Red Bishop of India

J. Russell Chandran

Metropolitan Paulos Mar Gregorios (74), of the Orthodox Church passed away at New Delhi on the morning of Sunday, November 24, 1996, after a brief illness. In his death both Church and India have lost an eminent theologian, scholar, church leader, ecumenist and statesman.

My acquaintance with him goes back to the days when he was a young theological student in USA at the Princeton Theological Seminary. He was then known as Deaon Paul Verghese. Even then, he was known for a brilliant mind. Later years were to show its scope and versatility in the mastery he attained not only in theology and philosophy but also in social sciences, political thought and even modern science and technology.

His academic pursuits took no respite. In course of time he earned three doctorates - from Oxford in Philosophy, in Theology from Budapest, on the Cappadocian Fathers of the Orthodox tradition from the Senate of Serampore. He spent some time also at the Institutes of Leningrad Prague.

Mar Gregorios held important posts both in the national and international fora. He was patron of the Council of World Religions, New York and also the President of the famous Inter - religious Federation for World Peace. He held numerous posts, as the President of the Inter - religious Federation was crucial as he lambasted the Western hegemony over the developing world. He tirelessly organised the various religious communities in the battle for a world free of deadly weapons. This struggle brought him nearer to the socialist ideology with which he shared a special affinity till his last breath. He boldly stated that Christian morals and the socialist ideology stood very close to each other and a unified assault against injustice was quite justified. His pro - Red approaches provoked the Western establishment to brand his as the "Red Bishop of India'.

Mar Gregorios won many an award and recognition for his wisdom and work. These included the Soviet Land Nehru Award in 1988, the Kerala Sahitya Academy Award in 1993, the Otto Nuschke Prize for Peace 1988, the Hall of Fame Award for extraordinary service to peace and human unity, just to name a few.

For some years he was in Ethiopia serving first at the Educational Department and later as Advisor to Emperor Haile Selasi. He also wrote the Grammar book of the Ethiopian language. From there he went to Geneva to serve as one of the Secretaries of the World Council of Churches for inter - church Aid. Later he became one of the Associate General Secretaries of the WCC.

After returning to India, he taught at the Orthodox theological Seminary at Kottayam and became its Principal. This position he continued to hold even after his consecration as a bishop and elevation as Metropolitan. He was the Metropolitan of the Orthodox church Delhi Diocese, with Head Quarters at New Delhi.

As Principal of the Orthodox Theological Seminary, he was a member of the Senate of Serampore College and played an important role in the guiding of theological education in India.

Over the years, we had the privilege of being together on various occasions at ecumenical gatherings of the World Council of Churches, Christian Peace Conference, World Conference of Religions for Peace etc. I had the privilege of being his guide when he did the doctoral programme under the Senate of Serampore College. He did outstanding research on the Cappadocian Fathers. Even though the influence of theological education in a Protestant theological seminary was evident in some of his early writings, he made a conscious effort to affirm his commitment to be a theologian of the Orthodox Church. He was critical of the influence of Augustine in western theology and stressed the importance on the Cappadocian Fathers, as well as others of the Orthodox tradition, for the interpretation of the Gospel of Christ.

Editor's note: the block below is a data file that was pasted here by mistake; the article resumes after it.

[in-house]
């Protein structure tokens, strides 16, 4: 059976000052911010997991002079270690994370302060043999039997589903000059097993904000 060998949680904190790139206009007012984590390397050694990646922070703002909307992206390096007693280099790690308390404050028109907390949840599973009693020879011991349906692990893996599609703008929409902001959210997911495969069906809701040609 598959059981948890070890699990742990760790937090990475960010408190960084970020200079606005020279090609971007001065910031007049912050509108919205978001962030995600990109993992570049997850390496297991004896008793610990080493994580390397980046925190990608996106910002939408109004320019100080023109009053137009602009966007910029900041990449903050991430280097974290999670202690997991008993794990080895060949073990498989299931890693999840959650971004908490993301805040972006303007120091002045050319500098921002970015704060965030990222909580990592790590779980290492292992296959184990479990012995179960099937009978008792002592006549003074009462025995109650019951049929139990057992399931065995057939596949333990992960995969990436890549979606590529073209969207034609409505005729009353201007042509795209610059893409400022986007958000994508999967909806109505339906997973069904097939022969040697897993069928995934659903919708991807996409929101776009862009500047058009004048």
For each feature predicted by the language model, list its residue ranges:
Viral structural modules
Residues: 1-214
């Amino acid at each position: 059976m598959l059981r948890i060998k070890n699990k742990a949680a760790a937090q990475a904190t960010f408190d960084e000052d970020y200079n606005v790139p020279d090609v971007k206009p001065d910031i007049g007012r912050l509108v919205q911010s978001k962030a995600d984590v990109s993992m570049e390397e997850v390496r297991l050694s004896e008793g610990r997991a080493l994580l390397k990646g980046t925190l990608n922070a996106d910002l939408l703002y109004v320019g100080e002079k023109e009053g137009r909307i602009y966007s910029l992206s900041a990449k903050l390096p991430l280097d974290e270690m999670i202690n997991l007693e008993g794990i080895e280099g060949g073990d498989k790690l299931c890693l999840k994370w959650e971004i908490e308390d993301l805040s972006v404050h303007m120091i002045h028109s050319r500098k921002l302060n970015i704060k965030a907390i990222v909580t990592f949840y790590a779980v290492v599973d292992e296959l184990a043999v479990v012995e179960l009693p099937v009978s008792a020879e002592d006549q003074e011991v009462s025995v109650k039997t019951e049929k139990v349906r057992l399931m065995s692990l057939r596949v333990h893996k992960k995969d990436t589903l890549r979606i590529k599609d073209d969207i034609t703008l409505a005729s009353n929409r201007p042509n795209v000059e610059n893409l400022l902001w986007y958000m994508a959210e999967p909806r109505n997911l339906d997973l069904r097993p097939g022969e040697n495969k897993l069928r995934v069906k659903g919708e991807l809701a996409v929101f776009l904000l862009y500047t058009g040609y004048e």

He was one of the Honorary Presidents of the World Council of Churches for one term. He was held in very high regard by the leaders of the Eastern Orthodox churches, particularly by the Patriarch and metropolitans of the Russian Orthodox Church.

He played and active role in the Christian Peace Conference and served on its Working Committee for many years and also in its presidium. It was on his initiative that the dialogue between the Orthodox Churches and Lutheran Churches in India took place. He was also instrumental in the Syrian Orthodox Church becoming a member of the National Council of Churches in India.

He wrote many books and contributed scholarly articles on a variety of subjects, including not only religion, theology and spirituality but also science and technology and politics.

He will always be remembered for his contribution to the ecumenical movement and to Christian theology and theological education. The title of the festschrift published in his honour in 1985, namely freedom, Love and Community, describes his basic concerns in his writings as well as in his ecumenical ministry. He was concerned with peace and justice in national as well as international relations, and also with ecumenical oneness among the churches. We praise and thank God for his life and witness.

(People’s Reporter, Dec. 1-15, 1996)